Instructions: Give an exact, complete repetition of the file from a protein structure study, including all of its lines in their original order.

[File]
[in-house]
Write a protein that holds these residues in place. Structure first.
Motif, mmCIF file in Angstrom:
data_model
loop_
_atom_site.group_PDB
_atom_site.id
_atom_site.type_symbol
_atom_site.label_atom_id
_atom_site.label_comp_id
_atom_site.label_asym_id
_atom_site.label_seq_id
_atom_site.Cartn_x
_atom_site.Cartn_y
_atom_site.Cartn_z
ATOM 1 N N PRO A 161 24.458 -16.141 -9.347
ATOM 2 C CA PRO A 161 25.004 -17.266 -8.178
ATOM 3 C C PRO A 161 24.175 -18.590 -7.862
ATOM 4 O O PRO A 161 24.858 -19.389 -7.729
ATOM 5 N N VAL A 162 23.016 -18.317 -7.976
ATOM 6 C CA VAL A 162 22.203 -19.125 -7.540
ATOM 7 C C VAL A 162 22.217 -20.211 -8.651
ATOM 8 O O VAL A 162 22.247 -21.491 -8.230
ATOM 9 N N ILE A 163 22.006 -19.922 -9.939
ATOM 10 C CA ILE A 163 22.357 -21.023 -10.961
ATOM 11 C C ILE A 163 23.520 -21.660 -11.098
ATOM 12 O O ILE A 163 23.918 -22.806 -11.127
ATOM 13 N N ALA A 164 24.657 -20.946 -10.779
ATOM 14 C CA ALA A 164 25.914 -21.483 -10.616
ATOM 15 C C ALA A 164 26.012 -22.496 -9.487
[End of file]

[in-house]
Write a protein that holds these residues in place. Structure first.
Motif, mmCIF file in Angstrom:
data_model
loop_
_atom_site.group_PDB
_atom_site.id
_atom_site.type_symbol
_atom_site.label_atom_id
_atom_site.label_comp_id
_atom_site.label_asym_id
_atom_site.label_seq_id
_atom_site.Cartn_x
_atom_site.Cartn_y
_atom_site.Cartn_z
ATOM 1 N N PRO A 161 24.458 -16.141 -9.347
ATOM 2 C CA PRO A 161 25.004 -17.266 -8.178
ATOM 3 C C PRO A 161 24.175 -18.590 -7.862
ATOM 4 O O PRO A 161 24.858 -19.389 -7.729
ATOM 5 N N VAL A 162 23.016 -18.317 -7.976
ATOM 6 C CA VAL A 162 22.203 -19.125 -7.540
ATOM 7 C C VAL A 162 22.217 -20.211 -8.651
ATOM 8 O O VAL A 162 22.247 -21.491 -8.230
ATOM 9 N N ILE A 163 22.006 -19.922 -9.939
ATOM 10 C CA ILE A 163 22.357 -21.023 -10.961
ATOM 11 C C ILE A 163 23.520 -21.660 -11.098
ATOM 12 O O ILE A 163 23.918 -22.806 -11.127
ATOM 13 N N ALA A 164 24.657 -20.946 -10.779
ATOM 14 C CA ALA A 164 25.914 -21.483 -10.616
ATOM 15 C C ALA A 164 26.012 -22.496 -9.487